[R] small bug in binom.test?
ripley@stats.ox.ac.uk
ripley at stats.ox.ac.uk
Wed Jan 22 10:25:04 CET 2003
On Wed, 22 Jan 2003, Jerome Goudet wrote:
> At 22.01.2003 08:45 +0000, you wrote:
> >Why do you think that?
> >
> >The problems binom.test(49,50,0.5) and binom.test(51,100,0.5) are
> >symmetrical, so one would expect the same results for a two-sided test.
> >
> >The problem I guess is how a two-sided test is defined for a discrete
> >distribution. For one-sided tests one would use the probability of X >=11
> >or X <= 9, and those are not equal. For a two-sided test the code
> >attempts to find a point in the opposite tail with at least as large a
> >tail probability, and adds on that tail probability. Thus for
> >binom.test(11,100,p=0.1) it used P(X < 9 || X >= 11), and for
> >binom.test(9,100,p=0.1) it used P(X <= 9 || X > 10), if I followed the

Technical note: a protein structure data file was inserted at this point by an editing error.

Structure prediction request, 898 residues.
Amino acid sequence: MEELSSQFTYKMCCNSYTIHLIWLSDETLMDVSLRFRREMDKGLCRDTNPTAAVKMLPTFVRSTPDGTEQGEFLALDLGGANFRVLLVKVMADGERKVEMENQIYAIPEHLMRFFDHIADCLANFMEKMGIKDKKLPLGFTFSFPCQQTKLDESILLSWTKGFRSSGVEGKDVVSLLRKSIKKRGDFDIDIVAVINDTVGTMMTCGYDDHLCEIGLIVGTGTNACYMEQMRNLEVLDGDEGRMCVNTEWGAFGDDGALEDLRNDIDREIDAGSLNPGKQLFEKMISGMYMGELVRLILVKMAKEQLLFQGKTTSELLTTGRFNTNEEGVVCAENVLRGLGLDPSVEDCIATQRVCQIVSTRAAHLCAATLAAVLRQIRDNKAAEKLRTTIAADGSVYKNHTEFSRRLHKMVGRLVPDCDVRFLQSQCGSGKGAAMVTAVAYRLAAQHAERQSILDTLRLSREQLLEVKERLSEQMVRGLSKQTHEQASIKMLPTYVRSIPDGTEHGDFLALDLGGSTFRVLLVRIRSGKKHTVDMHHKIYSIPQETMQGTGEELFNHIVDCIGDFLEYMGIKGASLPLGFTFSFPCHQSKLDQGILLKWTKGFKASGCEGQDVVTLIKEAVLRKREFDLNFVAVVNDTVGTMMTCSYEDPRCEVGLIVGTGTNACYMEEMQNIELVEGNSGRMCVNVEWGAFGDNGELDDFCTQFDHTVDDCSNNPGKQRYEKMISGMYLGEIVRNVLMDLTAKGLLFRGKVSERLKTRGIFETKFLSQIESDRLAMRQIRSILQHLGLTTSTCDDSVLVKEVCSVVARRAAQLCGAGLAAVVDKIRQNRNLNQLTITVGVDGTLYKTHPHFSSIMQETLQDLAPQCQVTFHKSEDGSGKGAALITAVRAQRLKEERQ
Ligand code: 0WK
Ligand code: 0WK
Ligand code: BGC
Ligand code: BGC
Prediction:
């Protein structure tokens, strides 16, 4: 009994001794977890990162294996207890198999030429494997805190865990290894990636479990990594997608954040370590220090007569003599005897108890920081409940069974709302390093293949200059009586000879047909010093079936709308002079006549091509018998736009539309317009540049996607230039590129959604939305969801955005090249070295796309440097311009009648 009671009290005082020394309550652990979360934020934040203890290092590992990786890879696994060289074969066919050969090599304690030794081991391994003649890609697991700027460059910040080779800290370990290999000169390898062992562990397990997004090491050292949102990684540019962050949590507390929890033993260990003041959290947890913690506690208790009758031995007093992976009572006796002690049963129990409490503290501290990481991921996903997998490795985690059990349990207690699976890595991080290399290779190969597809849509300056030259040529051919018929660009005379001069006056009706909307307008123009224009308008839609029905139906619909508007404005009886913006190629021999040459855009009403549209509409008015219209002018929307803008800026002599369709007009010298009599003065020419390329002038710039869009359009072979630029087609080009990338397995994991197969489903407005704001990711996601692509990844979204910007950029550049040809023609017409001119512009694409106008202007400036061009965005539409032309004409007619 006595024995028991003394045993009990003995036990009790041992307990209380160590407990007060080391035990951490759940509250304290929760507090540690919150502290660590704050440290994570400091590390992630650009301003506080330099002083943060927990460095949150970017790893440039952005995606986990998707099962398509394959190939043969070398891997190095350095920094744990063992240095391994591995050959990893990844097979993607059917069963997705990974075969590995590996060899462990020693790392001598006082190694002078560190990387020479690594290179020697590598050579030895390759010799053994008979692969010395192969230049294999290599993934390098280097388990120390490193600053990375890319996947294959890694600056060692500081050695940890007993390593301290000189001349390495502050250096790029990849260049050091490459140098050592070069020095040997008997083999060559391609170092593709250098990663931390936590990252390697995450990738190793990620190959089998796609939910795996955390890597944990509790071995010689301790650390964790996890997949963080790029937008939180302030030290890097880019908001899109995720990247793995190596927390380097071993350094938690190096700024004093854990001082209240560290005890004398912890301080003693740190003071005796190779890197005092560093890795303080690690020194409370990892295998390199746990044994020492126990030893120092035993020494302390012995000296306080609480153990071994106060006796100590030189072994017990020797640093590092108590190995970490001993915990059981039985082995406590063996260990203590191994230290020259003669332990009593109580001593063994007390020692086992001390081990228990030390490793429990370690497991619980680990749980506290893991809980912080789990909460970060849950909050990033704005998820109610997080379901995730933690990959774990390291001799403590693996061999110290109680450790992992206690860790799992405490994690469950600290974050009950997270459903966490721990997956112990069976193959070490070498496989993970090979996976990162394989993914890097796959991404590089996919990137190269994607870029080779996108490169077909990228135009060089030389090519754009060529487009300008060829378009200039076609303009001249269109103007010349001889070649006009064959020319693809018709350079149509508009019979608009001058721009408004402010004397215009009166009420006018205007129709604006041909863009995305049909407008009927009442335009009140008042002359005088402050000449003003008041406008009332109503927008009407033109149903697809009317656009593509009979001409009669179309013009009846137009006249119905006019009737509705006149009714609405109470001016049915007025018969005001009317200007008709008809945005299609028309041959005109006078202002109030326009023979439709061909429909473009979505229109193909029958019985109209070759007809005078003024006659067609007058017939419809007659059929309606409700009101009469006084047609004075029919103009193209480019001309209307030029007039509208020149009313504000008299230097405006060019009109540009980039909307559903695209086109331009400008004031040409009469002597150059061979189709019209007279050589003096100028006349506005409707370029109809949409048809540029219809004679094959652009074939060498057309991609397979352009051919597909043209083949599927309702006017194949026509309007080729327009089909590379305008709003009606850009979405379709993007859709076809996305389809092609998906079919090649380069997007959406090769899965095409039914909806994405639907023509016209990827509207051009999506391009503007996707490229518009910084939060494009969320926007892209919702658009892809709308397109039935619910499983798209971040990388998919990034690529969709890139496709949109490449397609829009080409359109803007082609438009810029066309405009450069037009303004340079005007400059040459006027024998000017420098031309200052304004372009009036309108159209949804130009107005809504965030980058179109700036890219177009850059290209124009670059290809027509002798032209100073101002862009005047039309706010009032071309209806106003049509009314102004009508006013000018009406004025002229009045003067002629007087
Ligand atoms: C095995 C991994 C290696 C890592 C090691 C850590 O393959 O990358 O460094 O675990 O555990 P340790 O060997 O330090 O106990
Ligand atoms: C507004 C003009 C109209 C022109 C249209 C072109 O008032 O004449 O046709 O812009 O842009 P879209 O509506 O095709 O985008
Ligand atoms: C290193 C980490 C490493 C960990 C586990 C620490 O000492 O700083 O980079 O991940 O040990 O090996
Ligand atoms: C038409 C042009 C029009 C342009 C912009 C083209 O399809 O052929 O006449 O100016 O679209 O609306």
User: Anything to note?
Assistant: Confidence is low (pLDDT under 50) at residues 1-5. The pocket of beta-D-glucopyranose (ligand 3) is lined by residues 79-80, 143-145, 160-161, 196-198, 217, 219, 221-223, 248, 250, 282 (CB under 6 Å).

> >code right.
(I typed it wrong. The first omits (9,10), the second (10,11).)
> I would have defined the two sided test as P(X<=9 || X>=11) (checking of
> course that if the two values are equal, the probability is not counted
> twice). Is this wrong?
Yes. Let me repeat: `why do you think that?'. (R implements standard
statistical definitions, not Goudet's ones, so I expected you to give me a
reference.) Did you look up the references on the help page?
For continuous distributions, two-tailed tests are defined as equi-tailed,
and so your recipe is nothing like what happens for e.g. a gamma
distribution. For discrete distributions there are complications but
there is a standard definition of an alpha-level test, which can be
converted to a p value via searching for possible alpha-level tests.
--
Brian D. Ripley, ripley at stats.ox.ac.uk
Professor of Applied Statistics, http://www.stats.ox.ac.uk/~ripley/
University of Oxford, Tel: +44 1865 272861 (self)
1 South Parks Road, +44 1865 272866 (PA)
Oxford OX1 3TG, UK Fax: +44 1865 272595
More information about the R-help
mailing list